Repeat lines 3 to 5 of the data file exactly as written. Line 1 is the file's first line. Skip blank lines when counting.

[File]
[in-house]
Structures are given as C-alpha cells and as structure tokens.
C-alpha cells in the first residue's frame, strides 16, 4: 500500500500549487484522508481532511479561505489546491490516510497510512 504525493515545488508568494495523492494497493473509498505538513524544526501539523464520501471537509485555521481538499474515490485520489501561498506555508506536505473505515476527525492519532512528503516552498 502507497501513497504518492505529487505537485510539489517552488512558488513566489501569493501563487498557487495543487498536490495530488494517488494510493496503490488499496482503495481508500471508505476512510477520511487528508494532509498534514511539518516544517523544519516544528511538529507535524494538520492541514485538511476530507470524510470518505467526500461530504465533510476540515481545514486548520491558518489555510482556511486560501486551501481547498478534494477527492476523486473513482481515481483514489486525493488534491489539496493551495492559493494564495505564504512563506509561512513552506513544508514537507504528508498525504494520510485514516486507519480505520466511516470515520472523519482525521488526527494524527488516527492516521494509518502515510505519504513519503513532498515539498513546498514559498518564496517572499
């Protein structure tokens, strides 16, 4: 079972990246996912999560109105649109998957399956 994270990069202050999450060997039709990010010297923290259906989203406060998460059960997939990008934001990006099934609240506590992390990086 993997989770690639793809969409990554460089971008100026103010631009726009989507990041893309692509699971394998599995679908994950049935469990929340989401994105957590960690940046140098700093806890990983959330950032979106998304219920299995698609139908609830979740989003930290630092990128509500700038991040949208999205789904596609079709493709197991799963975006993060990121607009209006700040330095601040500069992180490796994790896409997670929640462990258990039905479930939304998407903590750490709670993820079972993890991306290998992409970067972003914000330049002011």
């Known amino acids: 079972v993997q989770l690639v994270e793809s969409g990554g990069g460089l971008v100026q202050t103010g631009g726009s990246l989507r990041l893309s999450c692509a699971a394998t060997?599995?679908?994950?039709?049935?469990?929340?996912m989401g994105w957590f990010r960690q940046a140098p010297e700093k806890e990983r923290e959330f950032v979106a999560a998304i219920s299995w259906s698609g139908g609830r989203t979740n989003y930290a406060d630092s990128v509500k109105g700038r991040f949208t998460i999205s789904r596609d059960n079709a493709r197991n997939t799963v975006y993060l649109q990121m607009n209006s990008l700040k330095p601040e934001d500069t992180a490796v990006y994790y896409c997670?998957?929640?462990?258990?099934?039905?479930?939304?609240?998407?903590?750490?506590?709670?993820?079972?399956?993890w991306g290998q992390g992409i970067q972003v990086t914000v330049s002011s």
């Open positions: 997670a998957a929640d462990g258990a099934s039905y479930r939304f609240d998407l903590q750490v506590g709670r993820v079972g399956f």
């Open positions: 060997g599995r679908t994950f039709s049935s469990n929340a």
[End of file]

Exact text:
C-alpha cells in the first residue's frame, strides 16, 4: 500500500500549487484522508481532511479561505489546491490516510497510512 504525493515545488508568494495523492494497493473509498505538513524544526501539523464520501471537509485555521481538499474515490485520489501561498506555508506536505473505515476527525492519532512528503516552498 502507497501513497504518492505529487505537485510539489517552488512558488513566489501569493501563487498557487495543487498536490495530488494517488494510493496503490488499496482503495481508500471508505476512510477520511487528508494532509498534514511539518516544517523544519516544528511538529507535524494538520492541514485538511476530507470524510470518505467526500461530504465533510476540515481545514486548520491558518489555510482556511486560501486551501481547498478534494477527492476523486473513482481515481483514489486525493488534491489539496493551495492559493494564495505564504512563506509561512513552506513544508514537507504528508498525504494520510485514516486507519480505520466511516470515520472523519482525521488526527494524527488516527492516521494509518502515510505519504513519503513532498515539498513546498514559498518564496517572499
């Protein structure tokens, strides 16, 4: 079972990246996912999560109105649109998957399956 994270990069202050999450060997039709990010010297923290259906989203406060998460059960997939990008934001990006099934609240506590992390990086 993997989770690639793809969409990554460089971008100026103010631009726009989507990041893309692509699971394998599995679908994950049935469990929340989401994105957590960690940046140098700093806890990983959330950032979106998304219920299995698609139908609830979740989003930290630092990128509500700038991040949208999205789904596609079709493709197991799963975006993060990121607009209006700040330095601040500069992180490796994790896409997670929640462990258990039905479930939304998407903590750490709670993820079972993890991306290998992409970067972003914000330049002011």
């Known amino acids: 079972v993997q989770l690639v994270e793809s969409g990554g990069g460089l971008v100026q202050t103010g631009g726009s990246l989507r990041l893309s999450c692509a699971a394998t060997?599995?679908?994950?039709?049935?469990?929340?996912m989401g994105w957590f990010r960690q940046a140098p010297e700093k806890e990983r923290e959330f950032v979106a999560a998304i219920s299995w259906s698609g139908g609830r989203t979740n989003y930290a406060d630092s990128v509500k109105g700038r991040f949208t998460i999205s789904r596609d059960n079709a493709r197991n997939t799963v975006y993060l649109q990121m607009n209006s990008l700040k330095p601040e934001d500069t992180a490796v990006y994790y896409c997670?998957?929640?462990?258990?099934?039905?479930?939304?609240?998407?903590?750490?506590?709670?993820?079972?399956?993890w991306g290998q992390g992409i970067q972003v990086t914000v330049s002011s």